For a convertible emphasizing fun over practicality, the Cooper boasts pretty decent fuel economy, and since it uses a BMW engine, you can be confident it will get the estimated figures. The Cooper's engine, a 1.5 three-cylinder, gets an EPA-estimated 28/36/31 mpg across the city/highway/combined cycles, while the more powerful 2.0-liter four-cylinder powertrain shaves two mpg off each category for 26/34/29 mpg. The slightly less fuel-efficient figure is in line with similarly sized convertible rivals like the Mazda MX-5, which gets 26/35/30 mpg. However, with practically all of its direct competitors now removed from the current market, the Mini Cooper Convertible is in a class of its own, and can't be easily compared. While the Mini only has a small 11.6-gallon tank, the Cooper model can still cover about 360 miles between gas station visits.
The Mini Cooper Convertible is a car designed to be driven, not be driven in, so rear passengers aren't given that much attention. Headroom all-around is quite good, or unlimited if you put the roof down. Front legroom is also more than adequate for even tall adults, but the rear seats are quite cramped. On the plus side, bolstered bucket seats are provided as opposed to regular seats, keeping everyone in place as the sporty convertible dodges traffic and pivots around bends. The materials in the cabin are upscale, with plenty of soft-touch surfaces, while the seats are upholstered in leatherette, with premium leather available. The gauges and controls look equally stylish, but they do so at the expense of ergonomic sensibility, making operating the infotainment or driver-assistance features a painstaking task.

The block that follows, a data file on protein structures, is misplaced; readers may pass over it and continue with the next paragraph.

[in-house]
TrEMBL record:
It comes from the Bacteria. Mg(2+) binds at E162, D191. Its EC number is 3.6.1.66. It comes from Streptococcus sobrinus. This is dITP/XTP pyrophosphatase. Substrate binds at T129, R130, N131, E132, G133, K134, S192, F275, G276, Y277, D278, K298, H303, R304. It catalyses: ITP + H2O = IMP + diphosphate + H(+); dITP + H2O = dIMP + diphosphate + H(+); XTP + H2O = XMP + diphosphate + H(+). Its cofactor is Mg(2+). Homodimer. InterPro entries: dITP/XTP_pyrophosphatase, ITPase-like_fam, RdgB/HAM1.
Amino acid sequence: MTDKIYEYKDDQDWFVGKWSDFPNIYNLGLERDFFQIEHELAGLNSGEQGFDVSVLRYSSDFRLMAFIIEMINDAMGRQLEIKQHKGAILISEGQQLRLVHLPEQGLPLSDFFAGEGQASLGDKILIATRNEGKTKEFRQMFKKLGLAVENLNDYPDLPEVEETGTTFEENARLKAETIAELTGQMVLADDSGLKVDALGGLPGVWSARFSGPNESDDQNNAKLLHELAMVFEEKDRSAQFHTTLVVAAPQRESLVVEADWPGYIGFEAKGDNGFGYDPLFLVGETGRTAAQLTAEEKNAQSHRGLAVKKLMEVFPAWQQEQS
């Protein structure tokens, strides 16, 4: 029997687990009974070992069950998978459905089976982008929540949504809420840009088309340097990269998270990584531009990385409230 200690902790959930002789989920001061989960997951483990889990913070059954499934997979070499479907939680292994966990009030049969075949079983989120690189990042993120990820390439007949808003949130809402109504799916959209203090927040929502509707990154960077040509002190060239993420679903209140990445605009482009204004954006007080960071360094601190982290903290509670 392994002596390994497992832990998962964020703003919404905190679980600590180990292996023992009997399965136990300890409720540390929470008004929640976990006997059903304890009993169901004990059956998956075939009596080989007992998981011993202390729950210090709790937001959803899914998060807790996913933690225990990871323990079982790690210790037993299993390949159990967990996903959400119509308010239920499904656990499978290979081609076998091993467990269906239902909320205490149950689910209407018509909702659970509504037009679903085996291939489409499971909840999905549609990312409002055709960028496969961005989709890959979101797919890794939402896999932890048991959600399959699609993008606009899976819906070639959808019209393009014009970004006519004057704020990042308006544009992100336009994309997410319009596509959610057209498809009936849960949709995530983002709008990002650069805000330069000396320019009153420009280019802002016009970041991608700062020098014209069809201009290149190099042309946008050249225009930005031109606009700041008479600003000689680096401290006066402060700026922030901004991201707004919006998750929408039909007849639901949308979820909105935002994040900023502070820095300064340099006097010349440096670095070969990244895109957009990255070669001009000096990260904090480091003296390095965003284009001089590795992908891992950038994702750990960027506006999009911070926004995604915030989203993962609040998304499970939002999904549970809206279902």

Practicality is not the catchphrase of the Mini Cooper Convertible. You probably wouldn't expect much in the way of trunk space from such a compact vehicle, but even such low expectations would lead to disappointment. With the soft-top roof up, the trunk provides 7.6 cubic feet of space, enough for a handful of grocery bags. Fitting anything larger would be a chore, especially considering the narrow aperture created by the small trunk lid. The rear seats do fold down in a 50/50 split, but considering how little space the second row of seats offers to begin with, this doesn't add much cargo room. Lowering the roof reduces the trunk capacity by about a third, leaving you with a measly 5.7 cubic feet of space.
Small-item storage is about what you'd expect from a car that barely accommodates its four passengers. There are cup holders and a few bins around the cabin, but they are awkwardly placed and don't hold very much. The glove compartment is small but proportionate to the size of the convertible.